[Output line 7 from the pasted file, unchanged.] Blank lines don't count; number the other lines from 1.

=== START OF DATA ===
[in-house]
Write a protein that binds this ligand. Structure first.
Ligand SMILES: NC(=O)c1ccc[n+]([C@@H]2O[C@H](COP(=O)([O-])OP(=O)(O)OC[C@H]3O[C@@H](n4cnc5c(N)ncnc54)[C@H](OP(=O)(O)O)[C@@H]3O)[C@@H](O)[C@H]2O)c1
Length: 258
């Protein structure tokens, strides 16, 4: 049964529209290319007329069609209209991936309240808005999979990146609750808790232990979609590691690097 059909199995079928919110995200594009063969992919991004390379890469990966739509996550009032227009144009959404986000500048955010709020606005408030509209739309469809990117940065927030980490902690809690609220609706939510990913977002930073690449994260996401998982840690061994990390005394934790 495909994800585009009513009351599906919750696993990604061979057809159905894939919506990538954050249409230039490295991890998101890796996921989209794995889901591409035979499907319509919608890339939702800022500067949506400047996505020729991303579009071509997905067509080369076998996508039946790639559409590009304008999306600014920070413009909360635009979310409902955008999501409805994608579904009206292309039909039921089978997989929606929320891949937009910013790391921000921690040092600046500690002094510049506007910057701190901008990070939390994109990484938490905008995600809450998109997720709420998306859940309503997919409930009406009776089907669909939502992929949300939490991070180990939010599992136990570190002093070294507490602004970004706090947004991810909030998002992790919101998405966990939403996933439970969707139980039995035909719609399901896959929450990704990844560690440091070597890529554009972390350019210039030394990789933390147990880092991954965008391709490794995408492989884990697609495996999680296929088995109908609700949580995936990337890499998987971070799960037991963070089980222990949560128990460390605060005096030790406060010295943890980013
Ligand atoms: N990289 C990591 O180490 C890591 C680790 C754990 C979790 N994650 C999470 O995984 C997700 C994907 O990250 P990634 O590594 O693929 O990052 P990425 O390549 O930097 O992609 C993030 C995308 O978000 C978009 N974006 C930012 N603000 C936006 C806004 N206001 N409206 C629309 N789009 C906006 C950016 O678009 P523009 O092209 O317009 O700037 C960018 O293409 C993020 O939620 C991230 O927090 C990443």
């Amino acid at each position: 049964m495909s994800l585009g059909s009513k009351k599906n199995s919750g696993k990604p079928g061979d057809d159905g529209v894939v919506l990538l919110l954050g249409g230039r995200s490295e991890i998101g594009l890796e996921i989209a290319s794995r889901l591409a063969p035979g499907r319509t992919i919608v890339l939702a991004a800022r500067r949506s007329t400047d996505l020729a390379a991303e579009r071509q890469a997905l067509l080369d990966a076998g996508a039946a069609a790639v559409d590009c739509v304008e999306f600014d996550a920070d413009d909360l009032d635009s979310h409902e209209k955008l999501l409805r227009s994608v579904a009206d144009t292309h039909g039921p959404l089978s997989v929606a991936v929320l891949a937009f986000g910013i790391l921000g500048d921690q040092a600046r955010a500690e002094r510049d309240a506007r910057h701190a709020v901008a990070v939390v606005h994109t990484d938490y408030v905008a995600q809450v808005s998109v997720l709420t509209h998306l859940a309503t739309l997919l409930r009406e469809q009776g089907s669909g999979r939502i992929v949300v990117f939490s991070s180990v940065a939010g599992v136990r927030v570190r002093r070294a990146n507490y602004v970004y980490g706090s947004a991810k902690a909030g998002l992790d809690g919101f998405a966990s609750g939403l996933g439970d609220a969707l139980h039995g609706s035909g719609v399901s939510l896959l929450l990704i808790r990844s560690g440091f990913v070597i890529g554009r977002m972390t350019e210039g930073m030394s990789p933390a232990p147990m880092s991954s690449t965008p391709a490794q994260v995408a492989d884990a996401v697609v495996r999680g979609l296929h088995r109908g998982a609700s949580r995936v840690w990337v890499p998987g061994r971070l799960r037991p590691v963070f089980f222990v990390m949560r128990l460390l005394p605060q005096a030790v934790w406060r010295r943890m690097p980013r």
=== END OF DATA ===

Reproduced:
């Amino acid at each position: 049964m495909s994800l585009g059909s009513k009351k599906n199995s919750g696993k990604p079928g061979d057809d159905g529209v894939v919506l990538l919110l954050g249409g230039r995200s490295e991890i998101g594009l890796e996921i989209a290319s794995r889901l591409a063969p035979g499907r319509t992919i919608v890339l939702a991004a800022r500067r949506s007329t400047d996505l020729a390379a991303e579009r071509q890469a997905l067509l080369d990966a076998g996508a039946a069609a790639v559409d590009c739509v304008e999306f600014d996550a920070d413009d909360l009032d635009s979310h409902e209209k955008l999501l409805r227009s994608v579904a009206d144009t292309h039909g039921p959404l089978s997989v929606a991936v929320l891949a937009f986000g910013i790391l921000g500048d921690q040092a600046r955010a500690e002094r510049d309240a506007r910057h701190a709020v901008a990070v939390v606005h994109t990484d938490y408030v905008a995600q809450v808005s998109v997720l709420t509209h998306l859940a309503t739309l997919l409930r009406e469809q009776g089907s669909g999979r939502i992929v949300v990117f939490s991070s180990v940065a939010g599992v136990r927030v570190r002093r070294a990146n507490y602004v970004y980490g706090s947004a991810k902690a909030g998002l992790d809690g919101f998405a966990s609750g939403l996933g439970d609220a969707l139980h039995g609706s035909g719609v399901s939510l896959l929450l990704i808790r990844s560690g440091f990913v070597i890529g554009r977002m972390t350019e210039g930073m030394s990789p933390a232990p147990m880092s991954s690449t965008p391709a490794q994260v995408a492989d884990a996401v697609v495996r999680g979609l296929h088995r109908g998982a609700s949580r995936v840690w990337v890499p998987g061994r971070l799960r037991p590691v963070f089980f222990v990390m949560r128990l460390l005394p605060q005096a030790v934790w406060r010295r943890m690097p980013r």